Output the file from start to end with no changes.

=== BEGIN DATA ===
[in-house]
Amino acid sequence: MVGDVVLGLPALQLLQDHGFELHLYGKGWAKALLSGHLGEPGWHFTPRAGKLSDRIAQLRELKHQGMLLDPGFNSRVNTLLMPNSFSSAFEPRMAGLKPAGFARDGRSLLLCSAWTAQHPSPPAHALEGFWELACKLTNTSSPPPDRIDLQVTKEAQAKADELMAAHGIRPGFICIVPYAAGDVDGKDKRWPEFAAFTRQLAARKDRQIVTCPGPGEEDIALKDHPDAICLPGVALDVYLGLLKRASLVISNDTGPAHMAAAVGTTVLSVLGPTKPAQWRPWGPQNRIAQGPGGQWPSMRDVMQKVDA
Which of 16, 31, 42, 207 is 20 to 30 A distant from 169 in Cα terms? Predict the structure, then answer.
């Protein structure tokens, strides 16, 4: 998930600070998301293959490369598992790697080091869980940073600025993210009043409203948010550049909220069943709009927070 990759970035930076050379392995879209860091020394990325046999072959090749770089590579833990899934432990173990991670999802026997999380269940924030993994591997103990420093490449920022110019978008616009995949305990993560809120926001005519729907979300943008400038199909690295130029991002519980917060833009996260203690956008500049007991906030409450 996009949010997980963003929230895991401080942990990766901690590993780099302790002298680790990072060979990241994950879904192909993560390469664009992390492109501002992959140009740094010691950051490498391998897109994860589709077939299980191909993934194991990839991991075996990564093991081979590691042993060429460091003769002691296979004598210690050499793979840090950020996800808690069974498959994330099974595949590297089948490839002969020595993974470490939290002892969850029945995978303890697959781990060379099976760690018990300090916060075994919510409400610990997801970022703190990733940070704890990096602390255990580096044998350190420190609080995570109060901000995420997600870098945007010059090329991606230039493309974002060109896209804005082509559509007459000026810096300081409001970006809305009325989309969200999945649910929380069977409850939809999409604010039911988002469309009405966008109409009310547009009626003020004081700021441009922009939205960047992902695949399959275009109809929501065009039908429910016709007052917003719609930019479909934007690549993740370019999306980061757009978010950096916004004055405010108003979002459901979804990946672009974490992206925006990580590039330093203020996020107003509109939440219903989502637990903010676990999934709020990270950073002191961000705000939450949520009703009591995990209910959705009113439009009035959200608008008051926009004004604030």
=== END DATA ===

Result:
[in-house]
Amino acid sequence: MVGDVVLGLPALQLLQDHGFELHLYGKGWAKALLSGHLGEPGWHFTPRAGKLSDRIAQLRELKHQGMLLDPGFNSRVNTLLMPNSFSSAFEPRMAGLKPAGFARDGRSLLLCSAWTAQHPSPPAHALEGFWELACKLTNTSSPPPDRIDLQVTKEAQAKADELMAAHGIRPGFICIVPYAAGDVDGKDKRWPEFAAFTRQLAARKDRQIVTCPGPGEEDIALKDHPDAICLPGVALDVYLGLLKRASLVISNDTGPAHMAAAVGTTVLSVLGPTKPAQWRPWGPQNRIAQGPGGQWPSMRDVMQKVDA
Which of 16, 31, 42, 207 is 20 to 30 A distant from 169 in Cα terms? Predict the structure, then answer.
């Protein structure tokens, strides 16, 4: 998930600070998301293959490369598992790697080091869980940073600025993210009043409203948010550049909220069943709009927070 990759970035930076050379392995879209860091020394990325046999072959090749770089590579833990899934432990173990991670999802026997999380269940924030993994591997103990420093490449920022110019978008616009995949305990993560809120926001005519729907979300943008400038199909690295130029991002519980917060833009996260203690956008500049007991906030409450 996009949010997980963003929230895991401080942990990766901690590993780099302790002298680790990072060979990241994950879904192909993560390469664009992390492109501002992959140009740094010691950051490498391998897109994860589709077939299980191909993934194991990839991991075996990564093991081979590691042993060429460091003769002691296979004598210690050499793979840090950020996800808690069974498959994330099974595949590297089948490839002969020595993974470490939290002892969850029945995978303890697959781990060379099976760690018990300090916060075994919510409400610990997801970022703190990733940070704890990096602390255990580096044998350190420190609080995570109060901000995420997600870098945007010059090329991606230039493309974002060109896209804005082509559509007459000026810096300081409001970006809305009325989309969200999945649910929380069977409850939809999409604010039911988002469309009405966008109409009310547009009626003020004081700021441009922009939205960047992902695949399959275009109809929501065009039908429910016709007052917003719609930019479909934007690549993740370019999306980061757009978010950096916004004055405010108003979002459901979804990946672009974490992206925006990580590039330093203020996020107003509109939440219903989502637990903010676990999934709020990270950073002191961000705000939450949520009703009591995990209910959705009113439009009035959200608008008051926009004004604030």